The probability of genital HPV infection within a woman's lifespan is >75%. Most infections are transient and clear up without any intervention within a few months to 2 years after the infection, while only a few are persistent (4). Due to the differences in host and environmental factors, the natural progression of HPV infection varies significantly among diverse populations. As a result, it is difficult to identify which HPV-infected patients will eventually develop cervical cancer. At present, follow-up or local physical therapy (including laser ablation, cryosurgery and microwave ablation) are applied to patients with CIN 1, while loop electrosurgical excision procedure (LEEP) and cold knife conization are applied to patients with CIN ≥2. However, these methods have the disadvantages of incomplete treatment and recurrence. There is also no proper treatment for patients with subclinical infection who are persistently HPV-positive and for those who are persistently HPV-positive following treatment for cervical CIN.

For the abovementioned reasons, we aimed to apply the Chinese medicine paiteling to treat HR-HPV subclinical infection and CIN, as paiteling has been reported to have successfully treated genital warts (5). Paiteling selectively destroys cancer cell membranes, including cytoplasmic and mitochondrial membranes, thereby suppressing cancer cell proliferation by its cytotoxic action, ultimately leading to tumor cell degeneration and necrosis; it may also destroy intracellular parasitic virus, and inhibit and clear HPV infection (6).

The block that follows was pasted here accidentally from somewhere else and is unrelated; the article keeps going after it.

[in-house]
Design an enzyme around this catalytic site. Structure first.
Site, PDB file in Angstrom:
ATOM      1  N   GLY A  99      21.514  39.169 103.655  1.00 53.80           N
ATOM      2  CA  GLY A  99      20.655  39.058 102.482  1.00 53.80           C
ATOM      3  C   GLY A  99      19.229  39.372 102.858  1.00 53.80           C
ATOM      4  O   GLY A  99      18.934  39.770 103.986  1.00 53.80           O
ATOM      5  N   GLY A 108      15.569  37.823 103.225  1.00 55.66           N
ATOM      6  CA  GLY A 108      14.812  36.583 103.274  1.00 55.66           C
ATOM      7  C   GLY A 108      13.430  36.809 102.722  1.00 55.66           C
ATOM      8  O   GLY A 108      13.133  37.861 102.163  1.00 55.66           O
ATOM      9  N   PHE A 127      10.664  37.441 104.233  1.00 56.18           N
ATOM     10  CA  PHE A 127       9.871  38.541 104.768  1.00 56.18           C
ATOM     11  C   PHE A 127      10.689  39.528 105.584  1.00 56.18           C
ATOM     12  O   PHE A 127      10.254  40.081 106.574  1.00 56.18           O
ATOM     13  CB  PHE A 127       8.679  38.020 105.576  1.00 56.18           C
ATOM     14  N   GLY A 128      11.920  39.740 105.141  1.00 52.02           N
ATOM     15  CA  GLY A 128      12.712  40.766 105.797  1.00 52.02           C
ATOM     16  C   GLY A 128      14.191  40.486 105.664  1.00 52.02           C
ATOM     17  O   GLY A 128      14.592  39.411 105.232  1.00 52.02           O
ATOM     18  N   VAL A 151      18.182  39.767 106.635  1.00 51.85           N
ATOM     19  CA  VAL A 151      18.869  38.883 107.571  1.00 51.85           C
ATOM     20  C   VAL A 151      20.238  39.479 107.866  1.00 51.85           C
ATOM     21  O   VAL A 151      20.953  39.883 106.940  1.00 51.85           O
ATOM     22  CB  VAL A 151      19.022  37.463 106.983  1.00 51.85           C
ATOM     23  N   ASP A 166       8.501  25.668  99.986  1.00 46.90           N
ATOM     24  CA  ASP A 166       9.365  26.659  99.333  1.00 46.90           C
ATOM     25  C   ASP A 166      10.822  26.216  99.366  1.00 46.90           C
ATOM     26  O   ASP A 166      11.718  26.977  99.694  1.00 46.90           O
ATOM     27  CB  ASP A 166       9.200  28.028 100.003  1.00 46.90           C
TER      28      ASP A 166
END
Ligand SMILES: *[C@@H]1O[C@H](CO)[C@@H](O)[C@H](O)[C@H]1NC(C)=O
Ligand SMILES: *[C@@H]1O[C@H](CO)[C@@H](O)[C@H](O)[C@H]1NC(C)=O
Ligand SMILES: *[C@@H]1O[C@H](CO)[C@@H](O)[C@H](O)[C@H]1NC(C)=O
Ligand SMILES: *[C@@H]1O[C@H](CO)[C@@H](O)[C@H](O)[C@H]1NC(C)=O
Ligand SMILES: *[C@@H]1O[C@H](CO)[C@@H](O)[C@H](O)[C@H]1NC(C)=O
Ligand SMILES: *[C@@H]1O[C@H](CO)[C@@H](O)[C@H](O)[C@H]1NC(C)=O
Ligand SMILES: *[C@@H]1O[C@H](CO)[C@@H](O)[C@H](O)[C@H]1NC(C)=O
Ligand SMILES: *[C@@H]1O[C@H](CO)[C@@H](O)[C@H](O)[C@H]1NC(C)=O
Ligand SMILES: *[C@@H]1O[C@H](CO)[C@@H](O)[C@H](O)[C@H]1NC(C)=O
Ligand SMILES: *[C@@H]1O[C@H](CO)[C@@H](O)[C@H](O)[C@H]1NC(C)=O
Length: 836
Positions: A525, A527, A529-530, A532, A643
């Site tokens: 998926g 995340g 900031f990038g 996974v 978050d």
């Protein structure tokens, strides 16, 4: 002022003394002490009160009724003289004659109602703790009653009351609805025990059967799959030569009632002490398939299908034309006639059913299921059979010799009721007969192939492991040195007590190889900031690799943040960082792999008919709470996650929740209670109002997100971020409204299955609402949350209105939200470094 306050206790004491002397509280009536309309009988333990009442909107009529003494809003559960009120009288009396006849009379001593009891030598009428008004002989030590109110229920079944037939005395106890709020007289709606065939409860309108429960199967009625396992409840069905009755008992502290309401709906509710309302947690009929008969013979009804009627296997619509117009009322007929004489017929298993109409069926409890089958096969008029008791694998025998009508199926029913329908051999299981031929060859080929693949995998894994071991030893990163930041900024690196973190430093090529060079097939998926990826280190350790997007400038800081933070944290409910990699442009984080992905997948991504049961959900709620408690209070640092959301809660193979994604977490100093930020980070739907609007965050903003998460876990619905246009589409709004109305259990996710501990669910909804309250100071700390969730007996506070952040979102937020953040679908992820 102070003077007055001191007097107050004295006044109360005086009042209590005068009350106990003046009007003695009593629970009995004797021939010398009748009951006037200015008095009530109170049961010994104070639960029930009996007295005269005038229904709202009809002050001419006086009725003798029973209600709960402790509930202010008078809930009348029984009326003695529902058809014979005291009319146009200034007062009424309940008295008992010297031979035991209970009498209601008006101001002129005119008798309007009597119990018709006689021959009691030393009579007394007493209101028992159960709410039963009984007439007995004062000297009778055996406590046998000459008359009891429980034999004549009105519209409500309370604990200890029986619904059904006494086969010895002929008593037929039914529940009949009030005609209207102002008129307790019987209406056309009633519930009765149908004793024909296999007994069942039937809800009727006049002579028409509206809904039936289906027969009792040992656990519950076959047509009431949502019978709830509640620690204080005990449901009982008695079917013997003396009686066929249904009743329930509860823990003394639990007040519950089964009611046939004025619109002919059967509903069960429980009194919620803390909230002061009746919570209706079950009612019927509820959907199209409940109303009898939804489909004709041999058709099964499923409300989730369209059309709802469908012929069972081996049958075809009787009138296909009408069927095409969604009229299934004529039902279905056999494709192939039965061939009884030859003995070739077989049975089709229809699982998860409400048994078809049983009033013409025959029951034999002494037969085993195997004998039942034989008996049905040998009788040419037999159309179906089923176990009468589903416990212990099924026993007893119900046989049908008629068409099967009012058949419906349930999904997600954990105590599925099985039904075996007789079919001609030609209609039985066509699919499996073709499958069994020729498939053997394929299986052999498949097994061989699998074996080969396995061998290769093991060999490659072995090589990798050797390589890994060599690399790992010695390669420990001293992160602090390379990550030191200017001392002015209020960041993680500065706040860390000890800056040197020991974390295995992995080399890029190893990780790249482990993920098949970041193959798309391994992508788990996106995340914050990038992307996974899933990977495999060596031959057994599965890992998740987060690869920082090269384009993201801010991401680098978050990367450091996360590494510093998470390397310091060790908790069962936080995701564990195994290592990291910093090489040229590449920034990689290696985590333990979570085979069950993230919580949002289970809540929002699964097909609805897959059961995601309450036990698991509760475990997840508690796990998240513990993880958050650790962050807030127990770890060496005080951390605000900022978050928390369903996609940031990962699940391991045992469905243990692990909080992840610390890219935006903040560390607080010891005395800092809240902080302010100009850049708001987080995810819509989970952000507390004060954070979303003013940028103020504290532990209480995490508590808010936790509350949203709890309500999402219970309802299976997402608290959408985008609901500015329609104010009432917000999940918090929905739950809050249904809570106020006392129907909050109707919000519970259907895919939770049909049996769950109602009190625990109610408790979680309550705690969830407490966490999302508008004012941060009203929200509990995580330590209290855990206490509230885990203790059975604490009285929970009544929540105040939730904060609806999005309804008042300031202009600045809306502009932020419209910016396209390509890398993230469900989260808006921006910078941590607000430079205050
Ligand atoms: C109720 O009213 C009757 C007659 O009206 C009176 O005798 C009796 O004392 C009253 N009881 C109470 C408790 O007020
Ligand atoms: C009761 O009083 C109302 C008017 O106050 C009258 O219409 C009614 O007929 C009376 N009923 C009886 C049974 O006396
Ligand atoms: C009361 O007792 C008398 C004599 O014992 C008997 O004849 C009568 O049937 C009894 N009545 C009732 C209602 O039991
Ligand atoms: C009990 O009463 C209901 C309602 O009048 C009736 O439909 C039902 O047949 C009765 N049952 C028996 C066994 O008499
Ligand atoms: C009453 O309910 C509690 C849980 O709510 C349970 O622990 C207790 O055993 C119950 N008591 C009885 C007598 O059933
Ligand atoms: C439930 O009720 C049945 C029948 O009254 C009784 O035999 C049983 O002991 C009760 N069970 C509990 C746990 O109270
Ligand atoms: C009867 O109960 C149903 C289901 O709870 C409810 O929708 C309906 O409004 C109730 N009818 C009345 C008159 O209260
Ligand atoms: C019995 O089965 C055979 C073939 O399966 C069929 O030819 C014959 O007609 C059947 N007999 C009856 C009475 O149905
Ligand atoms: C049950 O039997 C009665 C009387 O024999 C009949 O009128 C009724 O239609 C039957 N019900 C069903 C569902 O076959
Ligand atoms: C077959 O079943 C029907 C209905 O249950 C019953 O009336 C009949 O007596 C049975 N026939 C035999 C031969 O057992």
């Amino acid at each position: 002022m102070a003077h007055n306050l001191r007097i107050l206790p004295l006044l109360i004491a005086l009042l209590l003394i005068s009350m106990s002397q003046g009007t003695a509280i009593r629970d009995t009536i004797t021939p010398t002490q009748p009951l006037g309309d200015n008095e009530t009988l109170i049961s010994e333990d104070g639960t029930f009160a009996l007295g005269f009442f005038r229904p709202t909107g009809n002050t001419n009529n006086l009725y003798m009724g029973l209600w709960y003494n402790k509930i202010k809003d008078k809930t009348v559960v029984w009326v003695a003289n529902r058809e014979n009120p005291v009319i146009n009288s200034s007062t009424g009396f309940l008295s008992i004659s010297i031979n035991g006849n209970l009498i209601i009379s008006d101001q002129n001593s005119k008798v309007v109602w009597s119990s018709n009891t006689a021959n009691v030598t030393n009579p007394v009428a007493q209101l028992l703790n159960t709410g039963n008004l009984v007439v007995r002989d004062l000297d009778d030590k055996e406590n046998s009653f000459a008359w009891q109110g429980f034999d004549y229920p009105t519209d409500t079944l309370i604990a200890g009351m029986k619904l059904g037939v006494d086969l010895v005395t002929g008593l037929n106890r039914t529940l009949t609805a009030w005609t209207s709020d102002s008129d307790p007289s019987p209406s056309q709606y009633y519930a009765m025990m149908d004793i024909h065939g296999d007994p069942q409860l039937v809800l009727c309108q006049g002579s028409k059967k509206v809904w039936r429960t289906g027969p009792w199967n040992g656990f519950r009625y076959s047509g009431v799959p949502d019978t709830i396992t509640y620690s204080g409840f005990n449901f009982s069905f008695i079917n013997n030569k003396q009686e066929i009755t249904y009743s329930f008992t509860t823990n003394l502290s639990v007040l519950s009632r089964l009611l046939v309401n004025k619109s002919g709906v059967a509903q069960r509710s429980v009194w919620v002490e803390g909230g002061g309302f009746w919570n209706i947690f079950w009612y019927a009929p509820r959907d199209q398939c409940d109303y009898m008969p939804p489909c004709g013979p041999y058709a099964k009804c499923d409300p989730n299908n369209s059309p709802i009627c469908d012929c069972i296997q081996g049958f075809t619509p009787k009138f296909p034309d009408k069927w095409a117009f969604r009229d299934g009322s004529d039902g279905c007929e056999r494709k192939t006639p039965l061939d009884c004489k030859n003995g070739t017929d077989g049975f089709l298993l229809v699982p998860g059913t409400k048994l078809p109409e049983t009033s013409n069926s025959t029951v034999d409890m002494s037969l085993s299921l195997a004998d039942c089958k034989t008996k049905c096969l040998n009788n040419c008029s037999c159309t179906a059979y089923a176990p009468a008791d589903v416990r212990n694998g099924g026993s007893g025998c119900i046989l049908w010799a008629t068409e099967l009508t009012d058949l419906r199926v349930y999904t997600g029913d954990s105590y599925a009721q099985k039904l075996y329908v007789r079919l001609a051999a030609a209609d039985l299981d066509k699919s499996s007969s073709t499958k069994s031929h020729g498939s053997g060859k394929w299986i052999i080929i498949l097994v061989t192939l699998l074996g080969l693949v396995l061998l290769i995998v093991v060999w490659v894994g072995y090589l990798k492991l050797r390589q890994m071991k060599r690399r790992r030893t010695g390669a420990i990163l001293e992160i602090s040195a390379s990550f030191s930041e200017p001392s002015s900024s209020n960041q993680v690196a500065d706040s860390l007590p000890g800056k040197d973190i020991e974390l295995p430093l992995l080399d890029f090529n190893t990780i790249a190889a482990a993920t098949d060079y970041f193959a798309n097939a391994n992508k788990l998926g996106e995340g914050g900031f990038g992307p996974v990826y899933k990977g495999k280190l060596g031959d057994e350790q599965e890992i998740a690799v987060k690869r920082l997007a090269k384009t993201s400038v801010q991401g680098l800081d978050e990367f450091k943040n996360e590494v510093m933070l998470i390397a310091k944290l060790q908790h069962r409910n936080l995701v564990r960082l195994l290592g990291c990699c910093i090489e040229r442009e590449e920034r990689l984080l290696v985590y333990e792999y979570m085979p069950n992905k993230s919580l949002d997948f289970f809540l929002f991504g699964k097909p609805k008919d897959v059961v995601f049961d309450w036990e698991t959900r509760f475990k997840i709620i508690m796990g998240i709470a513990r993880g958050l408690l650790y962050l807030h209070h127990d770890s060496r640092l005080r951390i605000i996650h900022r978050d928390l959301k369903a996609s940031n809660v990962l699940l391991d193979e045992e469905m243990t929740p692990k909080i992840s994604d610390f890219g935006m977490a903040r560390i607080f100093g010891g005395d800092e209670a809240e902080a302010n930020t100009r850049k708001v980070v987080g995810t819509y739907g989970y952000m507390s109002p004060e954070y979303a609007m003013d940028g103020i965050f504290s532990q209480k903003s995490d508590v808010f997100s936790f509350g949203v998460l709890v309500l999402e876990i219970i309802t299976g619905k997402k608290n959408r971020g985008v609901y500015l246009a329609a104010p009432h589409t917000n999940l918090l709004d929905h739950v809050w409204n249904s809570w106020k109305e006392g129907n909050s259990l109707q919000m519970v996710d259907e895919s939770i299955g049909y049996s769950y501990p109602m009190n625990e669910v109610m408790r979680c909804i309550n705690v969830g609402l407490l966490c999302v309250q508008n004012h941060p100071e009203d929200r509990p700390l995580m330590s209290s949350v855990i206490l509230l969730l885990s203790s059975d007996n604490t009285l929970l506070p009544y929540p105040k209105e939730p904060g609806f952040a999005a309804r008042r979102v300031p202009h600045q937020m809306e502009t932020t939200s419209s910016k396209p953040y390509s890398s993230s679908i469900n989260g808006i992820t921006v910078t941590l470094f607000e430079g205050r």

In the present study, patients with subclinical HR-HPV infection or CIN, with or without LEEP therapy, were selected to test the effects of paiteling on clearing HPV.

Patients and methods

Patient data

Patients confirmed to be HR-HPV-positive with the Hybribio HPV Genotyping system (Hybribio Biotechnology Co. Ltd., Chaozhou, China) between January, 2011 and June, 2013 at the Shanghai Pudong New Area People's Hospital (Shanghai, China) were considered as eligible candidates. These patients were then examined by liquid-based cervical cytology, colposcopy and histopathological examination. Patients with one of the following symptoms were finally selected: Normal or chronic cervicitis; condyloma-like changes, with or without chronic cervicitis; CIN 1, with or without condyloma-like changes; CIN ≥2, without invasive carcinoma. The inclusion criteria were as follows: Cervical pathology in line with the aforementioned conditions; women of childbearing age; HR-HPV positive; no previous history of cervical cancer or precancerous lesions; no previous history of cervical physical therapy or surgery. The exclusion criteria were pregnancy or lactation.